In some embodiments, the gap between the electrode and the electromagnetic energy conducting waveguide material of the field-enhancing energy collection device comprises a vacuum void, substrate, or a combination thereof. In some embodiments, the electromagnetic energy conducting waveguide material is the cathode. In other embodiments, the cathode is separate from the electromagnetic energy conducting waveguide material. In certain embodiments, the electromagnetic energy conducting waveguide material and/or cathode comprises or is comprised of a conducting material, such as one more materials selected from the group consisting of Al, Ag, Au, Cu, Ni, Pt, Mn, Mg, W, Ti, Ru, Rh, C or Graphene.

In some embodiments, the substrate of the field-enhancing energy collection device is a non-conducting or semiconducting material. The substrate comprises a dielectric, plastic, ceramic, a semiconductor, or combinations thereof.

In some embodiments, the base surface dimensions 310 (e.g., the width, diameter, length, or the like of the recessed structure at the base surface of a system or device described herein—see 310 in FIG. 3A) of the recessed structure is any suitable size. In certain embodiments, a base surface dimension which is defined as the opening on surface 303 of FIG. 3A, were the dimension is a cross sectional dimension (e.g., diameter if the opening is circular), or an edge dimension (e.g., the length of a side for polygonal opening, or the circumference of a circular opening), or the like. In some embodiments, the base surface dimension (such as a cross sectional surface, e.g., diameter for a circle, or an edge dimension) is greater than about 5 nm, greater than about 20 nm, or greater than about 100 nm, or greater than about 250 nm, or greater than about 500 nm, or greater than about 1 micrometer (“micron”), or greater than 2 micrometers, or about 5 nm to about 5 microns (e.g., for visible), or about 5 nm to about 20 microns (e.g., for visible and infrared), or about 5 microns to about 20 microns, or about 10 microns to about 20 microns (e.g., for infrared), or the like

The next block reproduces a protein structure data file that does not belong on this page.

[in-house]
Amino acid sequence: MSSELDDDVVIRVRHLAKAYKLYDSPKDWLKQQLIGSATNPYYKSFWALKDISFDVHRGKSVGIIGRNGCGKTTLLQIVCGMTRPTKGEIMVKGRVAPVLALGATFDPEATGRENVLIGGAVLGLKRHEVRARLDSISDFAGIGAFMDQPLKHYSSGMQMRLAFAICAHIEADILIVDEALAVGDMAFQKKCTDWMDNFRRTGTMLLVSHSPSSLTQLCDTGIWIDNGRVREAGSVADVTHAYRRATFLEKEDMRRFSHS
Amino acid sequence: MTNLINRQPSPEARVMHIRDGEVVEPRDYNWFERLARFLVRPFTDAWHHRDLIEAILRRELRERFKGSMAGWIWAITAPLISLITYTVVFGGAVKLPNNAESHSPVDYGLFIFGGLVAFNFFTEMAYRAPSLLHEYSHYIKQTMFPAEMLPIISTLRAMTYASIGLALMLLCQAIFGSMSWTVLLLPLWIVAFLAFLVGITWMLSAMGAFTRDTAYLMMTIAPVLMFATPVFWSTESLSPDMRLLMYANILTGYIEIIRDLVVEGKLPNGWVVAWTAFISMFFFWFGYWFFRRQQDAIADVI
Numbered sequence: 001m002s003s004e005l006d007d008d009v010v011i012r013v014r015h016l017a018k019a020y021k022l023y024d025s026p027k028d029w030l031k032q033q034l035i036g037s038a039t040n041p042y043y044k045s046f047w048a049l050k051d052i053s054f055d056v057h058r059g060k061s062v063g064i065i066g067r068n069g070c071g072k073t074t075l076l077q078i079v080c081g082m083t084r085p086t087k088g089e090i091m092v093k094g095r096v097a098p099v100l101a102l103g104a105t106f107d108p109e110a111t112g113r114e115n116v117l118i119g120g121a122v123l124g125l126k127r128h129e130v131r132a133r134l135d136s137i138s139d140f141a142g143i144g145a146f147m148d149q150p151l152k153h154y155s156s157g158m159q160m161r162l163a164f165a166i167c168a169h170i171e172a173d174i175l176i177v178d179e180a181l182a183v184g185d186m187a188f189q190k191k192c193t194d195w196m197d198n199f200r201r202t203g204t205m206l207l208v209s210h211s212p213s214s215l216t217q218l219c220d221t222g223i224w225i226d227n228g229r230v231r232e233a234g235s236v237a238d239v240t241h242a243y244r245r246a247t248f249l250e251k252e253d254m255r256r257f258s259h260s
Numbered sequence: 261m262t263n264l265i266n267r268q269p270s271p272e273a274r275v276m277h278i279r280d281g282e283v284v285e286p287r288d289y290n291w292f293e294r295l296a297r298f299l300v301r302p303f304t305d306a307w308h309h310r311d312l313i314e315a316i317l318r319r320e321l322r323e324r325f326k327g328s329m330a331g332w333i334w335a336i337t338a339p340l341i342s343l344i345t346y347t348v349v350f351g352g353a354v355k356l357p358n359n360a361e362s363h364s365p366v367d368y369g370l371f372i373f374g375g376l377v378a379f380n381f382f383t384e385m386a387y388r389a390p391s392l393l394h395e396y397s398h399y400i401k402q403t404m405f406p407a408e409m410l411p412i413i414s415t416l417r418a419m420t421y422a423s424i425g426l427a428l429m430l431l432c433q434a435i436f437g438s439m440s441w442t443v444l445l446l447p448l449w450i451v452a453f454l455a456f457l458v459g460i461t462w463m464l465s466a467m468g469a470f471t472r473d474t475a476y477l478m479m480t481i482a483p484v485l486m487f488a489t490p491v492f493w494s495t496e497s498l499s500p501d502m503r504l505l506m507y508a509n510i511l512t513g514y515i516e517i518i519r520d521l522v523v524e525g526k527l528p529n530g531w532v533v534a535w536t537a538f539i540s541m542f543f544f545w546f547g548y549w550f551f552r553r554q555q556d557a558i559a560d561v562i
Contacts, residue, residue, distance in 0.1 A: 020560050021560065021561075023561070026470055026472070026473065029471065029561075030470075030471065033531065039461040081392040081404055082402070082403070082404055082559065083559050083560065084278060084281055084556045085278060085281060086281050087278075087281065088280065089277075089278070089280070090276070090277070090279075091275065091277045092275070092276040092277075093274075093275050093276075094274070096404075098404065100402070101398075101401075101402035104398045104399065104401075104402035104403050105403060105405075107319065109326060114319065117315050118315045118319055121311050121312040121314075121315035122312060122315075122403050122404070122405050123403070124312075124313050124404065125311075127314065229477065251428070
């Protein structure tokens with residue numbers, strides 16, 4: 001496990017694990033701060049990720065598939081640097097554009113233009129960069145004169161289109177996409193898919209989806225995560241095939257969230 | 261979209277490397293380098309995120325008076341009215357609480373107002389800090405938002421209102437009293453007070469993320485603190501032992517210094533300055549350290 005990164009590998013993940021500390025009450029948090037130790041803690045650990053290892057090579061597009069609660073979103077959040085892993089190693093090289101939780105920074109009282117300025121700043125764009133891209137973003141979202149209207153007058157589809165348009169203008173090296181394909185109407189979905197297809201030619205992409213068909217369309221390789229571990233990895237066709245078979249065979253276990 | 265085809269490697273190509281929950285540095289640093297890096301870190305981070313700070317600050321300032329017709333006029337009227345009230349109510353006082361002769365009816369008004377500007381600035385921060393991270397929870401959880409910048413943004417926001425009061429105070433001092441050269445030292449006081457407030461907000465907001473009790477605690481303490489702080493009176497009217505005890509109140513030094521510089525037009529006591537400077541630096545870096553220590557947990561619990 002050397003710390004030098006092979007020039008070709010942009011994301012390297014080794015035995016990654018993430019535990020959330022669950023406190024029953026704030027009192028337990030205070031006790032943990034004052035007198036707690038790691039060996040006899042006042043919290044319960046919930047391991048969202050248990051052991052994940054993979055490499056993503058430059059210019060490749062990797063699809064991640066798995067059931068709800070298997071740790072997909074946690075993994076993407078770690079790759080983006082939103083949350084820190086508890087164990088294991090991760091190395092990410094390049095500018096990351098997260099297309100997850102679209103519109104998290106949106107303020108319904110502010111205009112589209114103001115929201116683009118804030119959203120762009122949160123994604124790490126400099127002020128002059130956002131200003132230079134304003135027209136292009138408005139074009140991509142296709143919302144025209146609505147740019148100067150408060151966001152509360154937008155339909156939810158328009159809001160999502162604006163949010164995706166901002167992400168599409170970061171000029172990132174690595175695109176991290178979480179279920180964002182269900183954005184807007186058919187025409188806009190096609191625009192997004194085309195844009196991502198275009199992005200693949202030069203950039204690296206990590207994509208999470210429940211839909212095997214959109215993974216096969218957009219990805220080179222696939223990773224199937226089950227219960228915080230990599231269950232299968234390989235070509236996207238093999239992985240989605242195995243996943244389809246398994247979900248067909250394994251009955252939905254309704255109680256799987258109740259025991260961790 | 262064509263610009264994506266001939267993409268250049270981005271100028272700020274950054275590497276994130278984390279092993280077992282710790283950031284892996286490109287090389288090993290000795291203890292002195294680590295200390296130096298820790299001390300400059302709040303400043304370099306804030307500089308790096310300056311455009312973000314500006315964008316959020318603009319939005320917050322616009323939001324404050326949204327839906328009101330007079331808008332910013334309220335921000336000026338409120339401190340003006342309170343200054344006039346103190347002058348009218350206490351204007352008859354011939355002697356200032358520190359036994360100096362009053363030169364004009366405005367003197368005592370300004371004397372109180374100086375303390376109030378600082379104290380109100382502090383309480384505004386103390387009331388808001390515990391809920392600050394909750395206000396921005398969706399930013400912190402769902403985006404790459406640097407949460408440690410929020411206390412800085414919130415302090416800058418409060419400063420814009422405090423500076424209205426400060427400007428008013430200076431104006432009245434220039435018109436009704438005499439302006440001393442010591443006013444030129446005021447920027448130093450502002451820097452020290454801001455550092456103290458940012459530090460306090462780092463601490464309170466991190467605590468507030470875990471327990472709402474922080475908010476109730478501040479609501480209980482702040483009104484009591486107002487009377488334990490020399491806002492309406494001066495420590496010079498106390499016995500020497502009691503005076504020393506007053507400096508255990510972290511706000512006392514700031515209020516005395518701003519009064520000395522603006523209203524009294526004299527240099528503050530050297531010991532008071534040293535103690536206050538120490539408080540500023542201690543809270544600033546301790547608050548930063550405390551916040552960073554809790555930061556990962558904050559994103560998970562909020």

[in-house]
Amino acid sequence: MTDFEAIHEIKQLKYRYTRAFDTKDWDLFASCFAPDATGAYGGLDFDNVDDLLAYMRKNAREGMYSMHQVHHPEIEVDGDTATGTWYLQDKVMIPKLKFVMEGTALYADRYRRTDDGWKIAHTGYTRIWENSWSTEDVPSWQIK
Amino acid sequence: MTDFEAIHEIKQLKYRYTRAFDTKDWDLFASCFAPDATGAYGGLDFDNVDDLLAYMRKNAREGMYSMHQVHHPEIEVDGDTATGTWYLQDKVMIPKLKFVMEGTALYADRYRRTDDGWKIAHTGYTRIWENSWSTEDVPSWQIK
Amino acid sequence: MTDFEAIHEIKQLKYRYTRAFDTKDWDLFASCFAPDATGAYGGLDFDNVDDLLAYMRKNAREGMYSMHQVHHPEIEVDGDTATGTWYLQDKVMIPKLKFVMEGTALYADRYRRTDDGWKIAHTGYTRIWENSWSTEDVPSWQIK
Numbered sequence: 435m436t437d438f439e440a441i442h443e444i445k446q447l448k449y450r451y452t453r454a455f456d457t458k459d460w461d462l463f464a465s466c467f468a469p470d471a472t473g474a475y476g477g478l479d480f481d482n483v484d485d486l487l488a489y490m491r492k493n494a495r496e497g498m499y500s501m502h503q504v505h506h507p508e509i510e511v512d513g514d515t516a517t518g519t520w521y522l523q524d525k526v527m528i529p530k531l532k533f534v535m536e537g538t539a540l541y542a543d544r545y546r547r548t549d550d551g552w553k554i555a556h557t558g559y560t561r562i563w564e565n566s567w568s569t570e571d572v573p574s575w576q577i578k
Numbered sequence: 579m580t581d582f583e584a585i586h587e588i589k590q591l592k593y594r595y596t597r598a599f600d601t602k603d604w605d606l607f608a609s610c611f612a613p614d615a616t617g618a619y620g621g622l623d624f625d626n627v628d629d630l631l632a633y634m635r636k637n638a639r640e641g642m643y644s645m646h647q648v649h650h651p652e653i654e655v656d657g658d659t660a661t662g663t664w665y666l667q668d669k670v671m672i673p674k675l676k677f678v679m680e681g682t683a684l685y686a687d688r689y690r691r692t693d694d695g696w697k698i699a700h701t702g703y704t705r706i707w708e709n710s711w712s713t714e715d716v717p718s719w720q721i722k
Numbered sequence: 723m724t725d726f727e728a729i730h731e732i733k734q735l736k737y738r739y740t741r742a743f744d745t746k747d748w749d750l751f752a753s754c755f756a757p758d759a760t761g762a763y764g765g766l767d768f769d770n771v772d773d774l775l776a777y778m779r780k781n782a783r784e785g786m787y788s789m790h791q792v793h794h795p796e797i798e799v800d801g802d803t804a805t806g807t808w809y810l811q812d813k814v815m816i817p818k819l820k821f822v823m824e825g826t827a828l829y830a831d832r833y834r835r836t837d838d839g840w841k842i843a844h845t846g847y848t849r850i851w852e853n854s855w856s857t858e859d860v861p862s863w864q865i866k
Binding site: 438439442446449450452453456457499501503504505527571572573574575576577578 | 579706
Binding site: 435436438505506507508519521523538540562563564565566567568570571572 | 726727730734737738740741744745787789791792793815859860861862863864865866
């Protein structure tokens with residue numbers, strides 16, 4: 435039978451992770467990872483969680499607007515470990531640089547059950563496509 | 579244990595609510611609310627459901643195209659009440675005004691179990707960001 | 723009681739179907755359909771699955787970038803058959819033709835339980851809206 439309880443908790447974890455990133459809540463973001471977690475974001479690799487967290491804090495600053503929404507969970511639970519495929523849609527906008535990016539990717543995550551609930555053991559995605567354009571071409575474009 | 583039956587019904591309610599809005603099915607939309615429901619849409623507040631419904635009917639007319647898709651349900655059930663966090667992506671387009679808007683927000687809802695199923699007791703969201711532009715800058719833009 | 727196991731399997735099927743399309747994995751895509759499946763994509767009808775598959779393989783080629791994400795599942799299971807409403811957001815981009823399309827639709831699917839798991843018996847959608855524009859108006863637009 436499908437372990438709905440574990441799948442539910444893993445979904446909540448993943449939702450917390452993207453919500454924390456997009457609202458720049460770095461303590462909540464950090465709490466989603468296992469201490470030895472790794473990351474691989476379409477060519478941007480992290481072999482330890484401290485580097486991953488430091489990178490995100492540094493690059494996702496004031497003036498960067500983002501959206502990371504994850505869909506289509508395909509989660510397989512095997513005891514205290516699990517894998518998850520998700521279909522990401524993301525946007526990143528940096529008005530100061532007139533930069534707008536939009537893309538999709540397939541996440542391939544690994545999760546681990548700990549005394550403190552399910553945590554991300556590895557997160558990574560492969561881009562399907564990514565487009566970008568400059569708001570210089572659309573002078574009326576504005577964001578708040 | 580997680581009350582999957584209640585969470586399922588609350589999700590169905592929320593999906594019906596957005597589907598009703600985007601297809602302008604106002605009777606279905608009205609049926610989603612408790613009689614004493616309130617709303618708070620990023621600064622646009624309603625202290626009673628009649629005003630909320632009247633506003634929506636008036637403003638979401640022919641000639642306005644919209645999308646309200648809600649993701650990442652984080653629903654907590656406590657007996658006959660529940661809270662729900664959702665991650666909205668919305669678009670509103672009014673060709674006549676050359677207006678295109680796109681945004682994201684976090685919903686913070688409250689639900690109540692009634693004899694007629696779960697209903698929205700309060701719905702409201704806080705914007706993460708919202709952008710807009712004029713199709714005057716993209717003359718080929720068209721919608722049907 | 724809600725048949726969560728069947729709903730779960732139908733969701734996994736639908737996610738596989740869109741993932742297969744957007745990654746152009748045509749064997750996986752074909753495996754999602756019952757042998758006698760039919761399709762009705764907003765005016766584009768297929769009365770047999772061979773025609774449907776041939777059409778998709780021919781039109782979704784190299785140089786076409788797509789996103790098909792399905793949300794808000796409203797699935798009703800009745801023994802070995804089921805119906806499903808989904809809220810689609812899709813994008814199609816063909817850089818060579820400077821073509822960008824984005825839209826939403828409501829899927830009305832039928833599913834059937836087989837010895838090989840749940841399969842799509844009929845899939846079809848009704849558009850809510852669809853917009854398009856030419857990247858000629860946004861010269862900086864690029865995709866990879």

In some embodiments, the substrate of the field-enhancing energy collection device is in contact with both the electromagnetic energy conducting waveguide material and the anode. In certain embodiments, the recessed structure is conical, pyramidal, polygonal, a linear track, or a circular track.

In some embodiments, the recess void comprises a vacuum or inert material. In certain embodiments, the inert material is an inert gas or inert solid.

In other embodiments, the recess void comprises a semiconducting photovoltaic (“PV”) material, such as an organic PV material. In certain embodiments, the organic photovoltaic material comprises TiO2 and an electrolyte.

In some embodiments, the field-enhancing energy collection device further comprises a transparent overcoat protection layer.

In some embodiments, the electromagnetic energy conducting waveguide material of the field-enhancing energy collection device is situated on a surface of the recessed structure. The field-enhancing energy collection device comprises a plurality of recessed structures.

In some situations, the electromagnetic energy conducting waveguide material of the plurality of recessed structures are interconnected by electromagnetic energy conducting waveguide material on a surface of the substrate opposite the base surface. In certain embodiments, each of the plurality of recessed structures includes an isolated anode that is spaced apart from the recessed structure. In an embodiment, the isolated anode is spaced apart from the recessed structure with the aid of a gap. The gap electrically isolates the anode from the plurality of recessed structures. In some cases this enables the device to act as an image generating sensor.